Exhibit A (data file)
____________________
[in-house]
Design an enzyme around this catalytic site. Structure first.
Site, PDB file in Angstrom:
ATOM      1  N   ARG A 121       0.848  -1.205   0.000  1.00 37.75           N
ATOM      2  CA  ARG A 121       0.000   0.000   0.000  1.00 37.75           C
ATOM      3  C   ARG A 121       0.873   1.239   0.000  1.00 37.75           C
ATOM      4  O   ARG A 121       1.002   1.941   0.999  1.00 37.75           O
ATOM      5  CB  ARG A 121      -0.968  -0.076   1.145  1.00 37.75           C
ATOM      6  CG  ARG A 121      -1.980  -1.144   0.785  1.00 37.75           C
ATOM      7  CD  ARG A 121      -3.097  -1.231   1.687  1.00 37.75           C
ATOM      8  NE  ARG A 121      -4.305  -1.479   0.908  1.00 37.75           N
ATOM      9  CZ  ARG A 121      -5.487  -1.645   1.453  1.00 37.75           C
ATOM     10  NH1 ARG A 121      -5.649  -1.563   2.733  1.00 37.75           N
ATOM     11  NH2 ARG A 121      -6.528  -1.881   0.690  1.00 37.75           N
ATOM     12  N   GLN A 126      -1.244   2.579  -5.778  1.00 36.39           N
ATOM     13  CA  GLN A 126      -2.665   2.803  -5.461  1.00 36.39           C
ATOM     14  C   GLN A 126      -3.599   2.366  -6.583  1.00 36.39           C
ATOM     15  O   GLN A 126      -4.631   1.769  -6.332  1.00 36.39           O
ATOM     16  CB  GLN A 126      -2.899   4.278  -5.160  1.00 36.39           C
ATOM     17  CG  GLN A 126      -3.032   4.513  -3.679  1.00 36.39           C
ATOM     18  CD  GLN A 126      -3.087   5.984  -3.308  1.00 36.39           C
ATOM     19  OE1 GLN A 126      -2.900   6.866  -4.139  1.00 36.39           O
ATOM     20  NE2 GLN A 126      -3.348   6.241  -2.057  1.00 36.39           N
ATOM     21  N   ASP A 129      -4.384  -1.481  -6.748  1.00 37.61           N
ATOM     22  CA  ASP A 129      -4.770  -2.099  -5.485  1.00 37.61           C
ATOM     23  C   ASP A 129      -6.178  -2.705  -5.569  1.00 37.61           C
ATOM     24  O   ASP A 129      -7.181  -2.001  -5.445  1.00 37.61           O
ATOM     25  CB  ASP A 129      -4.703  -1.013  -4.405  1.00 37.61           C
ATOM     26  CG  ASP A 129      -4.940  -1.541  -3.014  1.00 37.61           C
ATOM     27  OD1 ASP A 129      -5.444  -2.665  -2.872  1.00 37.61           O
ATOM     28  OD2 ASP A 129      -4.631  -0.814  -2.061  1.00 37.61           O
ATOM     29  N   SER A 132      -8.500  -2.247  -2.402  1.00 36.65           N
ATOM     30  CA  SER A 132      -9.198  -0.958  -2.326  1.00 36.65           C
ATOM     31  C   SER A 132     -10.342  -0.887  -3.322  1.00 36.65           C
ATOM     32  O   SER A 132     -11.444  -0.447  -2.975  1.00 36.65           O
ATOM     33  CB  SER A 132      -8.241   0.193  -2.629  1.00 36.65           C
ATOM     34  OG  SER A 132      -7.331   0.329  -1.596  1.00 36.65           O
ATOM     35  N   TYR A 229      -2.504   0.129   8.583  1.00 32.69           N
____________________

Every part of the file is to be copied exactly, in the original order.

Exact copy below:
[in-house]
Design an enzyme around this catalytic site. Structure first.
Site, PDB file in Angstrom:
ATOM      1  N   ARG A 121       0.848  -1.205   0.000  1.00 37.75           N
ATOM      2  CA  ARG A 121       0.000   0.000   0.000  1.00 37.75           C
ATOM      3  C   ARG A 121       0.873   1.239   0.000  1.00 37.75           C
ATOM      4  O   ARG A 121       1.002   1.941   0.999  1.00 37.75           O
ATOM      5  CB  ARG A 121      -0.968  -0.076   1.145  1.00 37.75           C
ATOM      6  CG  ARG A 121      -1.980  -1.144   0.785  1.00 37.75           C
ATOM      7  CD  ARG A 121      -3.097  -1.231   1.687  1.00 37.75           C
ATOM      8  NE  ARG A 121      -4.305  -1.479   0.908  1.00 37.75           N
ATOM      9  CZ  ARG A 121      -5.487  -1.645   1.453  1.00 37.75           C
ATOM     10  NH1 ARG A 121      -5.649  -1.563   2.733  1.00 37.75           N
ATOM     11  NH2 ARG A 121      -6.528  -1.881   0.690  1.00 37.75           N
ATOM     12  N   GLN A 126      -1.244   2.579  -5.778  1.00 36.39           N
ATOM     13  CA  GLN A 126      -2.665   2.803  -5.461  1.00 36.39           C
ATOM     14  C   GLN A 126      -3.599   2.366  -6.583  1.00 36.39           C
ATOM     15  O   GLN A 126      -4.631   1.769  -6.332  1.00 36.39           O
ATOM     16  CB  GLN A 126      -2.899   4.278  -5.160  1.00 36.39           C
ATOM     17  CG  GLN A 126      -3.032   4.513  -3.679  1.00 36.39           C
ATOM     18  CD  GLN A 126      -3.087   5.984  -3.308  1.00 36.39           C
ATOM     19  OE1 GLN A 126      -2.900   6.866  -4.139  1.00 36.39           O
ATOM     20  NE2 GLN A 126      -3.348   6.241  -2.057  1.00 36.39           N
ATOM     21  N   ASP A 129      -4.384  -1.481  -6.748  1.00 37.61           N
ATOM     22  CA  ASP A 129      -4.770  -2.099  -5.485  1.00 37.61           C
ATOM     23  C   ASP A 129      -6.178  -2.705  -5.569  1.00 37.61           C
ATOM     24  O   ASP A 129      -7.181  -2.001  -5.445  1.00 37.61           O
ATOM     25  CB  ASP A 129      -4.703  -1.013  -4.405  1.00 37.61           C
ATOM     26  CG  ASP A 129      -4.940  -1.541  -3.014  1.00 37.61           C
ATOM     27  OD1 ASP A 129      -5.444  -2.665  -2.872  1.00 37.61           O
ATOM     28  OD2 ASP A 129      -4.631  -0.814  -2.061  1.00 37.61           O
ATOM     29  N   SER A 132      -8.500  -2.247  -2.402  1.00 36.65           N
ATOM     30  CA  SER A 132      -9.198  -0.958  -2.326  1.00 36.65           C
ATOM     31  C   SER A 132     -10.342  -0.887  -3.322  1.00 36.65           C
ATOM     32  O   SER A 132     -11.444  -0.447  -2.975  1.00 36.65           O
ATOM     33  CB  SER A 132      -8.241   0.193  -2.629  1.00 36.65           C
ATOM     34  OG  SER A 132      -7.331   0.329  -1.596  1.00 36.65           O
ATOM     35  N   TYR A 229      -2.504   0.129   8.583  1.00 32.69           N